5 Questions to ask before you Translate and Localise a Video into a Foreign Language

1. Is My Video Suitable For Localisation?

Some video content produced for a US or UK market will not be suitable for distribution in some EMEA (European, Middle East and Africa) regions, but will be fine in Western Europe and most parts of Asia.

Localising the narrative of a script will need to ensure cultural idiosyncrasies for language nuances are translated in a sensitive manner to ensure the content is culturally correct for the target audience.

Consideration of the visual interpretation is as important as the narrative and you should always consider cultural, lifestyle differences and traditions in respect of the target language audience.

What’s my advice
If you are unsure about localising your video to certain regions, you should always ask a company who specialises in translation and localisation for advice.


2. Who Should I Contract To Translate And Localise The Script?

Localisation of media projects which will be shown in the public domain require qualified AVT (Audio Visual Translators) to not only translate and localise the script, but to also check the suitability of the visuals from an in-country perspective.

AVT translators are specialists in translating for the 3 modes of localisation which include, dubbing, voiceover and subtitling.

There are plenty of high quality translation agencies available to transcribe and translate the narrative, however, you should always check with your agency to ensure AVT qualified translators are commissioned to undertake both the translation and proof reading.

A professional AVT translation service will cost on average around 16-20 pence a word to include translation and independent proof reading. This rate is higher than a normal text based translation service which would partially use Machine Translation in the workflow.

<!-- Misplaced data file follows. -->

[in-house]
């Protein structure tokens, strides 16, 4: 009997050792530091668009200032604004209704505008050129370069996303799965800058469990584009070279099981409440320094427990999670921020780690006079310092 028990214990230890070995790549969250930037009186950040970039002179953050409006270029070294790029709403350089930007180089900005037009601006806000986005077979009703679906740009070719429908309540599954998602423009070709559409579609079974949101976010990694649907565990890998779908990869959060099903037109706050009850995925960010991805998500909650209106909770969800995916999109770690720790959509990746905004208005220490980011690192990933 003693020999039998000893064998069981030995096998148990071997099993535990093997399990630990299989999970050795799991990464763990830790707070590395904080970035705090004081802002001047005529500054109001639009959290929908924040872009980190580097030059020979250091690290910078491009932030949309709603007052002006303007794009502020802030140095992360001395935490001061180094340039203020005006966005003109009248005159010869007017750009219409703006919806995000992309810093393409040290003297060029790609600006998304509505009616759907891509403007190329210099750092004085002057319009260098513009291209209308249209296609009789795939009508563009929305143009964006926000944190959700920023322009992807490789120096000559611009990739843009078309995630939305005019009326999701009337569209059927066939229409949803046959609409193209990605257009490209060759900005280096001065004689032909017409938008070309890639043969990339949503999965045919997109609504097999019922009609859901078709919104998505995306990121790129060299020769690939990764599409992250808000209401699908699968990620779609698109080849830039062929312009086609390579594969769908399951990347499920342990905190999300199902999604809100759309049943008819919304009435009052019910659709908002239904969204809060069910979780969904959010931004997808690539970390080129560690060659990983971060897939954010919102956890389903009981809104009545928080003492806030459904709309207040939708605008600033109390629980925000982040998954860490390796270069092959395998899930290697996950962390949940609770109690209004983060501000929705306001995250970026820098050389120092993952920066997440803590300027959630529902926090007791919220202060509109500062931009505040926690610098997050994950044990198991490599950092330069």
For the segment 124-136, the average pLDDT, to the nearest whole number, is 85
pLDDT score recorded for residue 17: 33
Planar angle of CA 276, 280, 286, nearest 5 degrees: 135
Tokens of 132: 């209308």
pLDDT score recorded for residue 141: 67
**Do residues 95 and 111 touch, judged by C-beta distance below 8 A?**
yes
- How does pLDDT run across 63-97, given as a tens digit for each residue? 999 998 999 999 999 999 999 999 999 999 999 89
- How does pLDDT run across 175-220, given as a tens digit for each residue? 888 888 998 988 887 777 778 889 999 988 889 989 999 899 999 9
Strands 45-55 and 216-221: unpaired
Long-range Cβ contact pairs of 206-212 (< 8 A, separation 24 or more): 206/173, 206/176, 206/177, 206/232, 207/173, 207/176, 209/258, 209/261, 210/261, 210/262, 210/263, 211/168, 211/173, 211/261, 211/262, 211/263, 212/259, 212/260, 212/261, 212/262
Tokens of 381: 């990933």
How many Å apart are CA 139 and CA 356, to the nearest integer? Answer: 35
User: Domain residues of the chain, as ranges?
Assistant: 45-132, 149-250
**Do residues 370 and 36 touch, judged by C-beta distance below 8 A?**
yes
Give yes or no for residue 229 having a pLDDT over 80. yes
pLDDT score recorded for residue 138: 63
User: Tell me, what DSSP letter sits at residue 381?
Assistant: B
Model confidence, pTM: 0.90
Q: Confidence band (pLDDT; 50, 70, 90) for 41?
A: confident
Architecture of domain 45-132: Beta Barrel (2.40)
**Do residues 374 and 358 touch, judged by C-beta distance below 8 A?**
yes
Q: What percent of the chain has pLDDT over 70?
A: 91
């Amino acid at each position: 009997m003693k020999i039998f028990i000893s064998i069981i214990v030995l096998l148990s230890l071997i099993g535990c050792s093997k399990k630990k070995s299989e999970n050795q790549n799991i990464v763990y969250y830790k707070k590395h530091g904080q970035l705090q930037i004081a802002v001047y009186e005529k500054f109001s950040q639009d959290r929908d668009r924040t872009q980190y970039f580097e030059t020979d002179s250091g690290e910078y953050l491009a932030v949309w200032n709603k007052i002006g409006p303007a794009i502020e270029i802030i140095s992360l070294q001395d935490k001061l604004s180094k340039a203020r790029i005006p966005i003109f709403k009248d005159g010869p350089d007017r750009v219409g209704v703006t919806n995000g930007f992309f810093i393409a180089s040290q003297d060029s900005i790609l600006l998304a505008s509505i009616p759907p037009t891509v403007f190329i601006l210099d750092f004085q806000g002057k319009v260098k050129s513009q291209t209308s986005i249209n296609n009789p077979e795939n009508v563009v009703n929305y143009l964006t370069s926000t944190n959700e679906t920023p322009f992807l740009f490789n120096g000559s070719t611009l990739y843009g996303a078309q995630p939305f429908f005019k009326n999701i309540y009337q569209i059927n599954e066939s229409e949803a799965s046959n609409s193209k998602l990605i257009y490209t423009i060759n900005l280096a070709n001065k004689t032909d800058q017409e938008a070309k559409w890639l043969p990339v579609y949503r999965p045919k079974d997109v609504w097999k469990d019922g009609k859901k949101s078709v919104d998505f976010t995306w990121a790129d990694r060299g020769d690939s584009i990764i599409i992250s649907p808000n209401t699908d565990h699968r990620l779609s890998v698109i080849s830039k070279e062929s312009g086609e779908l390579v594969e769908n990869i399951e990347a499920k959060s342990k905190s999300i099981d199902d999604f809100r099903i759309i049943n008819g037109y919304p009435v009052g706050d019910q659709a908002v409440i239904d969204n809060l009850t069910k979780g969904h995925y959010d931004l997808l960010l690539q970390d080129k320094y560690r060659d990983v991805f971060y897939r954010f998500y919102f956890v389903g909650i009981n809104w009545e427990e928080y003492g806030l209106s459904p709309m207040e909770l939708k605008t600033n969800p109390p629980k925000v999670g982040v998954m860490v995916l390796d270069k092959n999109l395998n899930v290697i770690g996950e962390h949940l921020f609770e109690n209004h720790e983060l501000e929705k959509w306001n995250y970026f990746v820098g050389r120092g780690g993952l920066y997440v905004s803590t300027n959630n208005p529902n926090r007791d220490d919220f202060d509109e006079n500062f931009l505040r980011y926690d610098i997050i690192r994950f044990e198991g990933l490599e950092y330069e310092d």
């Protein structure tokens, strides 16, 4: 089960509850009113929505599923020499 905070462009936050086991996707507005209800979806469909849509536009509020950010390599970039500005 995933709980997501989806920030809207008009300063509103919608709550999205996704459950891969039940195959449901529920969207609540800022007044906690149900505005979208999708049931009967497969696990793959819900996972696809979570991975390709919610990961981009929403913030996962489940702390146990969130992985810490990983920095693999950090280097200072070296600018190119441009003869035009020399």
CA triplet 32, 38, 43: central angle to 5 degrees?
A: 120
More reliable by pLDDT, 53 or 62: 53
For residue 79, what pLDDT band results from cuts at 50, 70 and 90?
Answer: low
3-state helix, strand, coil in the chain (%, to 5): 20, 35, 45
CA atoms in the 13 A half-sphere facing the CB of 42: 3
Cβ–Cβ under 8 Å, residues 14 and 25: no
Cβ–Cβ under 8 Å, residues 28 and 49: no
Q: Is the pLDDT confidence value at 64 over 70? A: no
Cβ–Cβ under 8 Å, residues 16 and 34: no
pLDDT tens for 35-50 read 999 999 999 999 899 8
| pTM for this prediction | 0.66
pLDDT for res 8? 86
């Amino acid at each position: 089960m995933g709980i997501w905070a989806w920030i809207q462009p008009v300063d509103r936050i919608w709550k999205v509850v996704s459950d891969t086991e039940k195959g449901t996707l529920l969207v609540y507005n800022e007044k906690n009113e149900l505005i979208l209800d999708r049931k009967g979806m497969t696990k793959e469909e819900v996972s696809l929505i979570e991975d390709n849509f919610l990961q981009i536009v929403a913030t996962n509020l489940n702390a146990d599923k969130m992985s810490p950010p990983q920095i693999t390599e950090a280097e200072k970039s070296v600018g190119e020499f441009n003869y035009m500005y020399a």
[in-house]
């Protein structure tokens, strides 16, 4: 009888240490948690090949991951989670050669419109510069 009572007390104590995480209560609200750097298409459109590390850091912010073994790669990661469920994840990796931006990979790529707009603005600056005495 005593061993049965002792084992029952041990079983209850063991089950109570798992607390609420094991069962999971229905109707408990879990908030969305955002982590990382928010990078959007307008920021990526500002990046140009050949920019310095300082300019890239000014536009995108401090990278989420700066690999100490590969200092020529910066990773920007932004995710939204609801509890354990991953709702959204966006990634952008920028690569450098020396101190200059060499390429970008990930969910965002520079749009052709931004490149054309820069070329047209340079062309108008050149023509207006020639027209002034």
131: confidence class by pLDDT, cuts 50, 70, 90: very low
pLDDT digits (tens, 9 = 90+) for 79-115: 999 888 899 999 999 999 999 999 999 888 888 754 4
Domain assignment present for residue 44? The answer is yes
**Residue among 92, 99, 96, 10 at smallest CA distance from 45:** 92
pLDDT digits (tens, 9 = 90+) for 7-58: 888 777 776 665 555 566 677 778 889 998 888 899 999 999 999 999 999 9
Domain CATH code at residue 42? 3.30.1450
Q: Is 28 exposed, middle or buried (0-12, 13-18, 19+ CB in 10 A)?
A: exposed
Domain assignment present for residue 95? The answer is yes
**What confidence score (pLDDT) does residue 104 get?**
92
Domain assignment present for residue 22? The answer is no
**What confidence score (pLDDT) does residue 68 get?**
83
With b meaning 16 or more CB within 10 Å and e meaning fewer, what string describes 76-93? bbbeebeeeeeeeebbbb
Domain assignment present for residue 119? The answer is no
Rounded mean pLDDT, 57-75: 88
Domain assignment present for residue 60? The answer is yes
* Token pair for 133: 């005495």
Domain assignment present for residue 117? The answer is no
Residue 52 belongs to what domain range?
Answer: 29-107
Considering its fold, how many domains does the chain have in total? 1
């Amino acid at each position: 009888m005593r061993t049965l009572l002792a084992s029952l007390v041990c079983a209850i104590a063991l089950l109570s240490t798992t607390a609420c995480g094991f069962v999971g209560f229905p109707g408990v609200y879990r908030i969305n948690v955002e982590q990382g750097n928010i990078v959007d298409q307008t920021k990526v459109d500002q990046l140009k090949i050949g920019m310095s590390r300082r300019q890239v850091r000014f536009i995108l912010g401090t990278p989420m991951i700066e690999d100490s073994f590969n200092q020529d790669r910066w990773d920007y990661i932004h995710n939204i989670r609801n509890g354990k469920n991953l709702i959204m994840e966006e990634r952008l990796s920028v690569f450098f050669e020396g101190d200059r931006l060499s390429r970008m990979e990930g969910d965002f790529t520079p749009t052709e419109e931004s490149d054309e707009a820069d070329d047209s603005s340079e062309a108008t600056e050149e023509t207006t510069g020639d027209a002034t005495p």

What’s my advice
If you are happy with your localisation company, stay with them as you will have probably built up a solid working relationship and put in place workflows and quality procedures that work for you.

If not, source a new company by using a competitive tendering process and request 3 quotations to include detailed workflows to ensure you get the best deal.


3. What AVT Mode Do I Use For My Target Language – Dubs or Subs?

This option really depends on your content, target country and distribution channels.

For broadcasters using long form programmes there is an established code of practice of where and when to use the 3 AVT Modes: Dubbing, Voice Over and Subtitling.

In general, dubbing countries have larger populations including Spain, Germany, Italy and France. Smaller EMEA and Nordic countries favour subtitling.

Dubbing replaces the source language dialogue and soundtrack with a target language soundtrack, voiceover replaces the soundtrack with a single narrator voicing the translation as opposed to a whole cast of actors in dubbing. Subtitling will keep the original soundtrack and superimpose open captions onto the visual image.

For short form localisation, the jury is out on what AVT mode to use, with the prevalence of TV spots and promos now being distributed on-line there is a tendency to use a mix of both voiceover and subtitling.

Voiceover.Cafe has also seen a rapid increase in the use of multiple closed caption subtitling files being embedded into short form on-line marketing videos. The translated text included in the closed caption files is used as meta data to drive SEO, monitisation and harvest valuable analytics.

Companies like YouTube and Ooyala provide a marriage made in heaven for top marketers who specialise in video content.

Typically, a 30 second or 2 minute promo with subtitle files translated into the Top 10 on-line Languages can reach a potential audience of 3.4 Billion users if tagged correctly.

What’s my advice